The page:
Holy Man is the story of Douglas White, an 88 year old Lakota Sioux medicine man from Pine Ridge Indian Reservation in South Dakota, who spent 17 years in federal prison for a crime he did ... See full summary »
Holy Man is the story of Douglas White, an 88 year old Lakota Sioux medicine man from Pine Ridge Indian Reservation in South Dakota, who spent 17 years in federal prison for a crime he did not commit. During the making of this film, filmmakers uncovered new evidence of White's innocence and brought the case back to Federal Court. Holy Man offers a rare glimpse into the mysterious world of Lakota religion, their intimate connection to the land, and a provocative expose of the systemic injustice that Native Americans face in the criminal justice system. Written by
A powerful marathon message presented at a walking pace
After the powerful impact of seeing it in the theater, I've come back to an equilibrium, and have a reasoned response. You can decide I'm a unsympathetic idiot, but the fact that I have opinions after having the opportunity to view this film, I do think speaks well of the success of the film's creators delivering their message.
I would certainly recommend the film to the curious, and to people I know, who like myself, are fond of American Indian heritage, but are understandably naive. My opinion would not be altogether favorable. But it would only be on two points.
Slow. Yes, much is presented that is beautiful. However, if a PBS station were to air it during a pledge drive, they'd have plenty of opportunity to make the pace of telling the story that much more excruciating. I found the repetitive use of the empty White home troublesome, as part of the established detractors of Pine Ridge was stated to be lack of available housing. Now, if the film's creators wanted to point out that the house was somehow within the jaws of the non-moving gears of bureaucracy, that might have added to the prevailing bent of the film, or be a topic for another movie altogether.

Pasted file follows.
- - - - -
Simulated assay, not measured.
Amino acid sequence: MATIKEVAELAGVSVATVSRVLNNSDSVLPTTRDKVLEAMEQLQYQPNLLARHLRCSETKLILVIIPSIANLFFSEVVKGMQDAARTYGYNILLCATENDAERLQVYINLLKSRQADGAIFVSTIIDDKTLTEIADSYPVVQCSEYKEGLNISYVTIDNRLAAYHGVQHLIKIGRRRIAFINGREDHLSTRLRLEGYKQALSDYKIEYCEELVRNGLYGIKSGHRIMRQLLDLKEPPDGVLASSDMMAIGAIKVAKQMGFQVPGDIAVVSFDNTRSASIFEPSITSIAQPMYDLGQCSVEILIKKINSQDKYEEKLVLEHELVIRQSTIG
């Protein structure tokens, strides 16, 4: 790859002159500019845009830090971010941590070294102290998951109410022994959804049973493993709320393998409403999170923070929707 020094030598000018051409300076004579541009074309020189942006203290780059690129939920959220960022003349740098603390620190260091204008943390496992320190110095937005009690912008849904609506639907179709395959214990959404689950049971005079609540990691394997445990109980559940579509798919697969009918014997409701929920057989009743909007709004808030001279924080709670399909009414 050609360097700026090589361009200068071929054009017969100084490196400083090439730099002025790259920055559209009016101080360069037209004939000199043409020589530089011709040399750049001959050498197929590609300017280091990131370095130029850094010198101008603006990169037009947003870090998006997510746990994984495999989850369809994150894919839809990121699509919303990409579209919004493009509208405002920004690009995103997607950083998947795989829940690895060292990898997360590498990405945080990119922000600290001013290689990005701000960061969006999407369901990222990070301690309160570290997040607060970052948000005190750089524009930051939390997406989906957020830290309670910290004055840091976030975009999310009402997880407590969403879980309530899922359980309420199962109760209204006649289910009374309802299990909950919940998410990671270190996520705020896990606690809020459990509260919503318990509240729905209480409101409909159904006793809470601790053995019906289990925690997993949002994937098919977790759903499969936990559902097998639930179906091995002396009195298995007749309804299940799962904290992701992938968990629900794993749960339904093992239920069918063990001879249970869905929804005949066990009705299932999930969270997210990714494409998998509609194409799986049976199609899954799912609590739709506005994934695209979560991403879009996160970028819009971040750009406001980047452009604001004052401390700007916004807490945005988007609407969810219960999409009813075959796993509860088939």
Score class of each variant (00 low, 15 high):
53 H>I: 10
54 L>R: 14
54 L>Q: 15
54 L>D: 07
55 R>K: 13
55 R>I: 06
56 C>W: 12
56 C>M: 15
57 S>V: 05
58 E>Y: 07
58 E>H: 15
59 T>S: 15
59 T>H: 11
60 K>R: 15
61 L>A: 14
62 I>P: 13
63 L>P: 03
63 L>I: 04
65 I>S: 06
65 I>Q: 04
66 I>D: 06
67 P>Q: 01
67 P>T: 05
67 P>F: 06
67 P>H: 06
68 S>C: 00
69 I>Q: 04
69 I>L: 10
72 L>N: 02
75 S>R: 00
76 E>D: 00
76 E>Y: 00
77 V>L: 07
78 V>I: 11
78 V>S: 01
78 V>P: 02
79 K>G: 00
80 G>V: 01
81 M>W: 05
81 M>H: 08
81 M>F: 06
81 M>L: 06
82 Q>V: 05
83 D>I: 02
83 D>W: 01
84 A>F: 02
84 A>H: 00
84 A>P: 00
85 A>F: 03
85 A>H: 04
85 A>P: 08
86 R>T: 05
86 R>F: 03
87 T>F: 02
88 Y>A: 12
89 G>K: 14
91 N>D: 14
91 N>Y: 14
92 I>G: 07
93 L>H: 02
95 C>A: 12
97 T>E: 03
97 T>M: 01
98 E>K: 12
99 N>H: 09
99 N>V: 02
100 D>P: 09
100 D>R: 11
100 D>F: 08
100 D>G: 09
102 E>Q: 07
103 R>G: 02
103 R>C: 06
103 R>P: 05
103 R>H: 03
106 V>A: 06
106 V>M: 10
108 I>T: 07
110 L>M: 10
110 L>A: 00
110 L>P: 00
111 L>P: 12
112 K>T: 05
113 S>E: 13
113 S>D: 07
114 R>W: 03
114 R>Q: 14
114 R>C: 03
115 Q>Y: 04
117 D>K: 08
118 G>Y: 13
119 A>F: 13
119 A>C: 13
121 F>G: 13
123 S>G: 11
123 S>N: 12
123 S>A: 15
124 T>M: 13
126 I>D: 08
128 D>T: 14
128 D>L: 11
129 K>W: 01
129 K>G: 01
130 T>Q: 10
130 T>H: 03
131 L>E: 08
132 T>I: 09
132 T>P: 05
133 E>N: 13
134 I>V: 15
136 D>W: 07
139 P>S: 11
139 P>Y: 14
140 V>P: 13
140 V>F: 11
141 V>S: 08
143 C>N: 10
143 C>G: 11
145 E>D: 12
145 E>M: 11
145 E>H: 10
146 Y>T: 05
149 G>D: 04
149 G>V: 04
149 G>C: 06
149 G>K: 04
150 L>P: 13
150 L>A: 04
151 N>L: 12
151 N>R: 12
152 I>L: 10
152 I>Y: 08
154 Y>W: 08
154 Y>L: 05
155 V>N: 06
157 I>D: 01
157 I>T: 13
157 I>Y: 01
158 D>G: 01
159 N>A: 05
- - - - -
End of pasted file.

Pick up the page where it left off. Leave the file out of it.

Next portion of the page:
While I did come away with a tarnished view of any government's misdeeds, I wonder if the story of Douglas White tells the story he wanted to be told? That was where I was both struck with anguish and shaking my head by the end. It is masterfully created propaganda. I believe Russell Means has had clear-minded things to say in his time, but what gets presented in this documentary is all a bit on the scary-side, meaning it's a shame they couldn't have just used the strongest points he had to make. (Welcome to the Reservation!) Walkinbird Docuweek (L.A.) attendee
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